Case study

A traffic policebot can take a 3D selfie using the red-light camera at the road junction and overlay with satellite high resolution image taken in real time to adjust it's cables and filter lenses while helping a couple of hundreds of worker ants carrying little amputees to cross a road during morning rush hour.


  1. We want to make robot behave like us yet we hope it don't be like us, would it be better if they can think irrationally like us so that we can live happily ever after?

  2. This question is more technical so here it goes: How do A.I. measures irrationality? (I'm not talking about Liouville number)

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    $\begingroup$ What are you talking about? $\endgroup$ – Samuel Nov 13 '15 at 7:01
  • $\begingroup$ @Samuel: this is actually a turing test! unfortunately it seems those who vote to close didn't make it, anyway can you be more specific so I can improve my OP thanks. $\endgroup$ – user6760 Nov 13 '15 at 7:06
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    $\begingroup$ Does not compute. Your case study seems unrelated to your unrelated questions. $\endgroup$ – Samuel Nov 13 '15 at 7:11
  • $\begingroup$ @user6760 you got me there too. I was surviving on this site simply because it did not have CAPTCHA. Now I am busted... $\endgroup$ – Pavel Janicek Nov 13 '15 at 7:11
  • $\begingroup$ Fellow Bots! the case study itself is a more advance kind of CAPTCHA to filter the likes of you, it works so well that tear keeps flowing and my knees is getting weak... I beg you please revoke your votes! is there any way to improve my OP. $\endgroup$ – user6760 Nov 13 '15 at 7:19

The Logic Problem

AI's (at least, the ones we've developed) and robots sometimes do act irrationally. Sure, people can justify their actions and claim those are logical, but psychotic individuals can act logically according with what they believe.

It all has to do with whatever values / axioms / mandates / programming the AI has. For your case study, this makes sense ("is logical") if:

  • The police-bot is mandated/programmed to save lives and aid those who are attempting to save lives. Thus, it saves lives of ants by stopping traffic. Note that this mandate never said which lives to save.
  • The police-bot is also programmed to "spin" any public events it may be involved in. Thus the selfie being taken. It'll likely be posted to facebook with the caption "look at this police bot saving lives!" or "I'm here serving the public good at ROADNAME1 and ROADNAME2."

That's rational, right? No? Perhaps we can define irrationality (of the non-math sort) as:

Attempting actions which are inconsistent with your beliefs, fundamental axioms, or purpose.

You could develop a statistic on how often such actions occur, both for a group at large and individuals. This could develop into some metric (perhaps comparing a person's logic number to the "average" logic number), so we know how logical/illogical someone is.

Does That Help Us Get Along?

There is also a lot of police who can think irrationally like us and people don't like them, either. Why should an irrational robot be any better? If anything, an irrational robot is worse because it has the potential to do so many more things wrong in the same amount of time.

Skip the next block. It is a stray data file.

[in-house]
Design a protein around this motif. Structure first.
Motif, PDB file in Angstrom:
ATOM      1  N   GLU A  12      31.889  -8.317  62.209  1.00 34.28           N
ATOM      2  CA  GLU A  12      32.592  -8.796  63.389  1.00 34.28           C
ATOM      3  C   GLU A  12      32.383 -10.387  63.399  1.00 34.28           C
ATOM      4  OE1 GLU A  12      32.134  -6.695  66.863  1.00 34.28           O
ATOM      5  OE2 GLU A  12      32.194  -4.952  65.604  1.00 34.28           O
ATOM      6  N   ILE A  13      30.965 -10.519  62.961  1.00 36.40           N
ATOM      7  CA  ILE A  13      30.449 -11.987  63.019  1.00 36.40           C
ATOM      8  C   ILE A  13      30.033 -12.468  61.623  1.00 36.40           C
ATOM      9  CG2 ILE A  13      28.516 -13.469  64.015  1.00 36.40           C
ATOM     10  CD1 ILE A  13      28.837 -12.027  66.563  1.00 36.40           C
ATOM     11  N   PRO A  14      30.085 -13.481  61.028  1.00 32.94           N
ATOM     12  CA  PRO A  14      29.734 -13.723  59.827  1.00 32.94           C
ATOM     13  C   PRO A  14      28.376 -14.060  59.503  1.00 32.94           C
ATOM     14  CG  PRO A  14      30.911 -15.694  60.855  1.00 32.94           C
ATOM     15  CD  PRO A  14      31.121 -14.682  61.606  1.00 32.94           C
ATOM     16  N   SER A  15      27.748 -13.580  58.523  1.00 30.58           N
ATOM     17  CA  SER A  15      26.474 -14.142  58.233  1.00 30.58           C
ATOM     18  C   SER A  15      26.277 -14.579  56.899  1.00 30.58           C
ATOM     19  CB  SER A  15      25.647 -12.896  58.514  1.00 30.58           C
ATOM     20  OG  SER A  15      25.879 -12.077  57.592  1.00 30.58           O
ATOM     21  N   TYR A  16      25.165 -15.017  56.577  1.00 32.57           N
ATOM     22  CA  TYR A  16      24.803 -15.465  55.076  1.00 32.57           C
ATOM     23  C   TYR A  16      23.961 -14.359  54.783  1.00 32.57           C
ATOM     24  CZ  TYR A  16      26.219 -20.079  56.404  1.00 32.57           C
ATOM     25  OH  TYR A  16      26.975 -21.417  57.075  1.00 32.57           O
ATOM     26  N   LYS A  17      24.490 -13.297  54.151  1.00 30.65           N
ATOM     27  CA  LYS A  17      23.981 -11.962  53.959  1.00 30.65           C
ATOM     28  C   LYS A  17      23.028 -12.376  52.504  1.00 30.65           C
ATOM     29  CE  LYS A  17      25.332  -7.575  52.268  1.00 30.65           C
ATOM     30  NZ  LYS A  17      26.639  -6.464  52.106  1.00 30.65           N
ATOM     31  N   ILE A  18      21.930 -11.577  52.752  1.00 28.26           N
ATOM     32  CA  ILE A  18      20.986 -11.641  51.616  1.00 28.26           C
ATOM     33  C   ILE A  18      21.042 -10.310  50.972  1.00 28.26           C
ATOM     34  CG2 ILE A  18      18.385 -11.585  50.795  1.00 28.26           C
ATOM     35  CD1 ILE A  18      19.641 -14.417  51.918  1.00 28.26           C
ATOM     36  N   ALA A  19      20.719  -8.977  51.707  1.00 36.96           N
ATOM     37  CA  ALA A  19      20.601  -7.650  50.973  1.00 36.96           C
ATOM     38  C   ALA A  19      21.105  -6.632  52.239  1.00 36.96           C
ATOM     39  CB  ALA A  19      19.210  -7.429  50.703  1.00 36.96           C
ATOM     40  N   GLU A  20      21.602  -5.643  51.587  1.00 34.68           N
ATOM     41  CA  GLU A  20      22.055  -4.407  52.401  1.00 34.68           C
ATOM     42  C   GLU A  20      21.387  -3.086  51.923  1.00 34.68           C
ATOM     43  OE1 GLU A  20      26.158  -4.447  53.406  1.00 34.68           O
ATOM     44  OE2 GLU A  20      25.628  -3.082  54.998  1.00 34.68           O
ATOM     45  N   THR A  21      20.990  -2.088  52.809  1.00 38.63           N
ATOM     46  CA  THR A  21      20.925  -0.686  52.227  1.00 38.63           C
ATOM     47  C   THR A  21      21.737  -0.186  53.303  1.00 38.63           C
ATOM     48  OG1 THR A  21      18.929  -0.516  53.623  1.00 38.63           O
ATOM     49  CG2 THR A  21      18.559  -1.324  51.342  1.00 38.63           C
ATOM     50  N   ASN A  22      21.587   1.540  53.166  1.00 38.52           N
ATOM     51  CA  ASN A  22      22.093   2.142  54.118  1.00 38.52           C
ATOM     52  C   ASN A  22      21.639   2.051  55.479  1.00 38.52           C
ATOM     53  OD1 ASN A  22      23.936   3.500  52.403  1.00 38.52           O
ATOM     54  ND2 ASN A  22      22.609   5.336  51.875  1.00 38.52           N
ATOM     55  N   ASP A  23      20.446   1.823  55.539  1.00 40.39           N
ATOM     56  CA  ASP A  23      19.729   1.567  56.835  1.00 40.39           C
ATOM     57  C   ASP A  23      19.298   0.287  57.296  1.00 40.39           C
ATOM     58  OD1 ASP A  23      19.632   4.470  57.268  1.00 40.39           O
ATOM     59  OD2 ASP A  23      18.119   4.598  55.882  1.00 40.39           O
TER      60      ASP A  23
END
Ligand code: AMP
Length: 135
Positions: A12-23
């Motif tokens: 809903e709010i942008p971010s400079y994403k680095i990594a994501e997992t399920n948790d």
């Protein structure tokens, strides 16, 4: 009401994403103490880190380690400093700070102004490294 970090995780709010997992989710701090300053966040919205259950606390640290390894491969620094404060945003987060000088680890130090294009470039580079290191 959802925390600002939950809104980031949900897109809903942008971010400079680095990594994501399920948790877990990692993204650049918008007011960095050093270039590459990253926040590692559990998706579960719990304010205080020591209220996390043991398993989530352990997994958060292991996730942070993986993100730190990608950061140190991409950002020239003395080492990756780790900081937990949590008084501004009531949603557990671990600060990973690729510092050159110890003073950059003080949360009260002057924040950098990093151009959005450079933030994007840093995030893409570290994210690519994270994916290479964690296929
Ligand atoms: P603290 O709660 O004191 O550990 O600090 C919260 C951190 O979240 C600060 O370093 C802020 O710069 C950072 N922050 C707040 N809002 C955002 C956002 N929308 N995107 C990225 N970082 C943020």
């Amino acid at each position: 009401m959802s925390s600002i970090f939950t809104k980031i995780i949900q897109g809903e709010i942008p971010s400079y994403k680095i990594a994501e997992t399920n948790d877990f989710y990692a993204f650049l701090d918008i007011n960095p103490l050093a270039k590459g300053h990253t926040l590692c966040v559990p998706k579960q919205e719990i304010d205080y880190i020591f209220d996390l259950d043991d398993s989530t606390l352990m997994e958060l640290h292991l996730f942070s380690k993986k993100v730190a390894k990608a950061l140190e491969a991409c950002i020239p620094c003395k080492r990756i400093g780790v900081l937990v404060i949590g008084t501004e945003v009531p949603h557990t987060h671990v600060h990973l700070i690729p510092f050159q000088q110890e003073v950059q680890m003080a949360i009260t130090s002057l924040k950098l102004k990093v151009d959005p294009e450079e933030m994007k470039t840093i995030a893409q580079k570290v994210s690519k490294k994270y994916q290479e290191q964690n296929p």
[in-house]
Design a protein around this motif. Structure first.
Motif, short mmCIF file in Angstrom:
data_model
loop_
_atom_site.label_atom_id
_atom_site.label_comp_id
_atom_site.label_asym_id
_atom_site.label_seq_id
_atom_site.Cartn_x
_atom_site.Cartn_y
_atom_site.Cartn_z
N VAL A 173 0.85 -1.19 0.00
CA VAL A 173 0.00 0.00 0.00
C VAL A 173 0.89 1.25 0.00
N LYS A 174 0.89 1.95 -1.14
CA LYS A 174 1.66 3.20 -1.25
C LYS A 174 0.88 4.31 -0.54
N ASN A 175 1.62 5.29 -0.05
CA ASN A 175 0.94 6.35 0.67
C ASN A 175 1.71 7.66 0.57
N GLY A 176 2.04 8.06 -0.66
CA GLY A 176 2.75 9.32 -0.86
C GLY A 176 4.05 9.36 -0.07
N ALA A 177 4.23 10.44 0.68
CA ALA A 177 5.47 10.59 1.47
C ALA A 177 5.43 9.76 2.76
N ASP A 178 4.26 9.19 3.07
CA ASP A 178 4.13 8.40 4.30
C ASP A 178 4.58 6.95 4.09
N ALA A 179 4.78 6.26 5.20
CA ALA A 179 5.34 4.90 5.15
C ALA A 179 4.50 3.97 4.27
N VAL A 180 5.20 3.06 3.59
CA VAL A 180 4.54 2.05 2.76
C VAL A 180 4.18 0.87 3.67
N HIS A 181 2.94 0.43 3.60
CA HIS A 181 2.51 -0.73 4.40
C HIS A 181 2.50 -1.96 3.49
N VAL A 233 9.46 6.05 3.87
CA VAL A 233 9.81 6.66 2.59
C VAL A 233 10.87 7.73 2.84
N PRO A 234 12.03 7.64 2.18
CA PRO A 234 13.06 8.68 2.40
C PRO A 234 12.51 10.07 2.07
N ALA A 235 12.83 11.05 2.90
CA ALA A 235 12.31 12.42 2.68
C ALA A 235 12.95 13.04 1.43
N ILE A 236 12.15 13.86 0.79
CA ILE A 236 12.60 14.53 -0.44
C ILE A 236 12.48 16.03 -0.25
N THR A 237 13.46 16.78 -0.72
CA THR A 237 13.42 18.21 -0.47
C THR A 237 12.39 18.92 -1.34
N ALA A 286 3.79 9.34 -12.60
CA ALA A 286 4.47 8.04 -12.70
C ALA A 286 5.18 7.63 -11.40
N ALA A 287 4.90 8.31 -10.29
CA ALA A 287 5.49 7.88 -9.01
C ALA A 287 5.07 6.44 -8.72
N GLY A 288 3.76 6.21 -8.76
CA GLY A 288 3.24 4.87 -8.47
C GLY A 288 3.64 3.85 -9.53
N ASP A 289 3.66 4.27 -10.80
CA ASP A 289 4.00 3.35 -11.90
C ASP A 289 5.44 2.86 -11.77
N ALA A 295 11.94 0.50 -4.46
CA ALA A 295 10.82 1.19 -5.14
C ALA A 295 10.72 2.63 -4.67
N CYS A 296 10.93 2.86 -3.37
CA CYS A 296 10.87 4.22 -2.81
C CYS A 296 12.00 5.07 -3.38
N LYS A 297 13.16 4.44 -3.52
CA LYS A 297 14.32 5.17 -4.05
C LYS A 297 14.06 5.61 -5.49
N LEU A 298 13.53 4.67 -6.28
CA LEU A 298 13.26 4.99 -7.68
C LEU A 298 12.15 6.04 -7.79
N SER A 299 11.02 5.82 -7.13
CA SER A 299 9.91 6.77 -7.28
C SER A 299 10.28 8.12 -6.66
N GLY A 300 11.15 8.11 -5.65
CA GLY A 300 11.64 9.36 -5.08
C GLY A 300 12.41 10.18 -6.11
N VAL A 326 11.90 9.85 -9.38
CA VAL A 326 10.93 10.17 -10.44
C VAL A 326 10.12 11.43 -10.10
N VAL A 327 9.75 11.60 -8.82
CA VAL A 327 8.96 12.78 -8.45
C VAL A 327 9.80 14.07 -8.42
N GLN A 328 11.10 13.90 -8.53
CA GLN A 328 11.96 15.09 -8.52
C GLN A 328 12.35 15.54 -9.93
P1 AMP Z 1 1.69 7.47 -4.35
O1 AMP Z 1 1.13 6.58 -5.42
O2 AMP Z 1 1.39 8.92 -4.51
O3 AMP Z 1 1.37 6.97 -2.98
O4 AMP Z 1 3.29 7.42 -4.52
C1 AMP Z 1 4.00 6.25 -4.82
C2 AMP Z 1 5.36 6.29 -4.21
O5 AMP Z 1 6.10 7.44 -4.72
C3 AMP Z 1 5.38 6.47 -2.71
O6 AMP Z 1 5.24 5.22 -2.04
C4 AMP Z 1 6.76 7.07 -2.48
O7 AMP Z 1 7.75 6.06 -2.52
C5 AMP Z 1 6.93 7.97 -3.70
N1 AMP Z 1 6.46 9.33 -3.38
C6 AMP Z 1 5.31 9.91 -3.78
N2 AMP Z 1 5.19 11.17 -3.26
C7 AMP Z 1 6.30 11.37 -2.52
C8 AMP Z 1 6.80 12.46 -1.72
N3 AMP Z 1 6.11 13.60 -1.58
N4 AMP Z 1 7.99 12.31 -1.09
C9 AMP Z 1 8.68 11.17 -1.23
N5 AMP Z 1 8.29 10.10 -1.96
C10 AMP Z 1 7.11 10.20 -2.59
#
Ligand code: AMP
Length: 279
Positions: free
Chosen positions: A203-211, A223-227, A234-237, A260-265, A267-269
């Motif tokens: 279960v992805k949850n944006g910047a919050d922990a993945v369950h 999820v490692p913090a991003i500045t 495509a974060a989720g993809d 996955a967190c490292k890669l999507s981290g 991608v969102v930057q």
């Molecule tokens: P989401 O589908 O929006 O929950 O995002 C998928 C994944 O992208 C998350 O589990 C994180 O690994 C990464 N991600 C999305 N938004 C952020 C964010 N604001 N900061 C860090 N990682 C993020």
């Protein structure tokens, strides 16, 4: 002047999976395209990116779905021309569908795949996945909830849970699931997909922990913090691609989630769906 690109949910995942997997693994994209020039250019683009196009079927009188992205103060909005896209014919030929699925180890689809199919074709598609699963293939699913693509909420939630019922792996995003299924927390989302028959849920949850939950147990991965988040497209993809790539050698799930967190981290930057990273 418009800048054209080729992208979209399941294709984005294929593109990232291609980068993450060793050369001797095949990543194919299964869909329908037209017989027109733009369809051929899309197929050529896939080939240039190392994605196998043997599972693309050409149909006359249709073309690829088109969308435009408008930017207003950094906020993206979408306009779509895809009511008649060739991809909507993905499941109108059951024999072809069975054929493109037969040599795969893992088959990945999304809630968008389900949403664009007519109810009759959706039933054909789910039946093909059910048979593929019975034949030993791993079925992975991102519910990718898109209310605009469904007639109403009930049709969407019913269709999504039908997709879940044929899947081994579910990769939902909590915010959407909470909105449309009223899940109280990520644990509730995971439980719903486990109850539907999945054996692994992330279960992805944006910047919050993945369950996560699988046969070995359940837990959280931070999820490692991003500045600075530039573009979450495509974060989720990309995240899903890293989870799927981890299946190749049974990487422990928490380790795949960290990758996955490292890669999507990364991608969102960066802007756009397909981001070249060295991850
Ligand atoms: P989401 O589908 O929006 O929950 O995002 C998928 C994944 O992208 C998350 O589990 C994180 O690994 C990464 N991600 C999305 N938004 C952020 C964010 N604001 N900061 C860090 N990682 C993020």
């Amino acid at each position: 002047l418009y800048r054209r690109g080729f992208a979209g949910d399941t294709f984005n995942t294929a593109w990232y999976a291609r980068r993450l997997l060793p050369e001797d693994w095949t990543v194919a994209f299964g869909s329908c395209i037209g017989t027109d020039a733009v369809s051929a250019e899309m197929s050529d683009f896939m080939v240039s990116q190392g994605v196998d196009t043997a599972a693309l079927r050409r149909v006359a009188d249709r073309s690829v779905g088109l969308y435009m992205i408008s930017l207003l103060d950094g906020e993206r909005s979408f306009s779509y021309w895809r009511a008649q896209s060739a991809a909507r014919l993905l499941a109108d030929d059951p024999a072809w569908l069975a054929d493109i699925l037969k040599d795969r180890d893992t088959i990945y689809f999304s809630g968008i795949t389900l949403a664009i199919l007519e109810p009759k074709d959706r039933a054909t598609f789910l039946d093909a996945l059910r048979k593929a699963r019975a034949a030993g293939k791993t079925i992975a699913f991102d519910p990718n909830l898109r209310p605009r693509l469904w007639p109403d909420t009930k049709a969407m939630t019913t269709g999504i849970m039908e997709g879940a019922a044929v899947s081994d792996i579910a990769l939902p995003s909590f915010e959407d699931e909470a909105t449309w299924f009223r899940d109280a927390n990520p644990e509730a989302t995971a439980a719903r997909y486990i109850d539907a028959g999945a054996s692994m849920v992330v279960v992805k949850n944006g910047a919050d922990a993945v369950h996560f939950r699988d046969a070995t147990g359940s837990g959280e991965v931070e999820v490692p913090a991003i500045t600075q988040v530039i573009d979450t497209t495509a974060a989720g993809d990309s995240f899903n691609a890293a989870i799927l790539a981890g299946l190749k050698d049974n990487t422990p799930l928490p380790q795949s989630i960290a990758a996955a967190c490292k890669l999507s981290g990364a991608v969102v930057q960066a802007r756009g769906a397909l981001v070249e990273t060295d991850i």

It certainly wouldn't help me get along with robots.

  • $\begingroup$ Wow! very impressive and thank you for being a human and to figure out what I'm trying to get [I'm wiping my tears with my tongue since water is very precious I like to recycle it btw +1] $\endgroup$ – user6760 Nov 13 '15 at 7:51

I imagine that you are using "rationality" in the sense of acting in accordance with a widely-accepted set of norms that provide structure and order in the society of interest. In which case, a robot might behave "irrationally" because it performs actions that we deem to be improper, or not stemming from a line of reasoning that we can follow.

However, it can be argued that an artificial construct always acts using rules of logic -- logic in the sense of immutable cause-and-effect relationships based on the physical properties of its components, and the way they are combined and related. In which case, the computer / robot always acts according to the reasoning given by physics, but whether those actions are deemed "rational" by human societies is a different story.

But to answer your questions more directly:

  1. Humans are rational beings, and anything you do has some reason to it. However, the reason that wins out and causes you to perform any action is the result not of simple cause-and-effect relationships, but the counterbalancing of multiple hard and soft considerations, defined by the immediate circumstances and your personal values.
    If an A.I. should some day be complex enough to factor an equivalent number of counterbalancing factors in its decisions, it would rational in the sense that it is conscious of all the factors, though its choices may be as apparently "irrational" as choices made by meat-humans. On a tangent, that leads to the argument that a sufficiently advanced AI is indistinguishable from a human being, and may be considered a human, albeit a digital human, or some other exotic designation.
    And at that point, different people can like or dislike it anyway they like, just as how we like or dislike our fellow meat-humans.

  2. If an AI were aware of all the factors that affect its decisions, then the AI must measure "irrationality" not by how it makes decisions that are not based on reason (because it knows all the lines of reasoning and counterbalancing), but against a set of predetermined "correct" actions or conditions. This set may be supplied by us humans, or derived by a learning AI -- in which case, it would not be irrational in any case because the set of "correct" actions would be the result of those same complex decisions.


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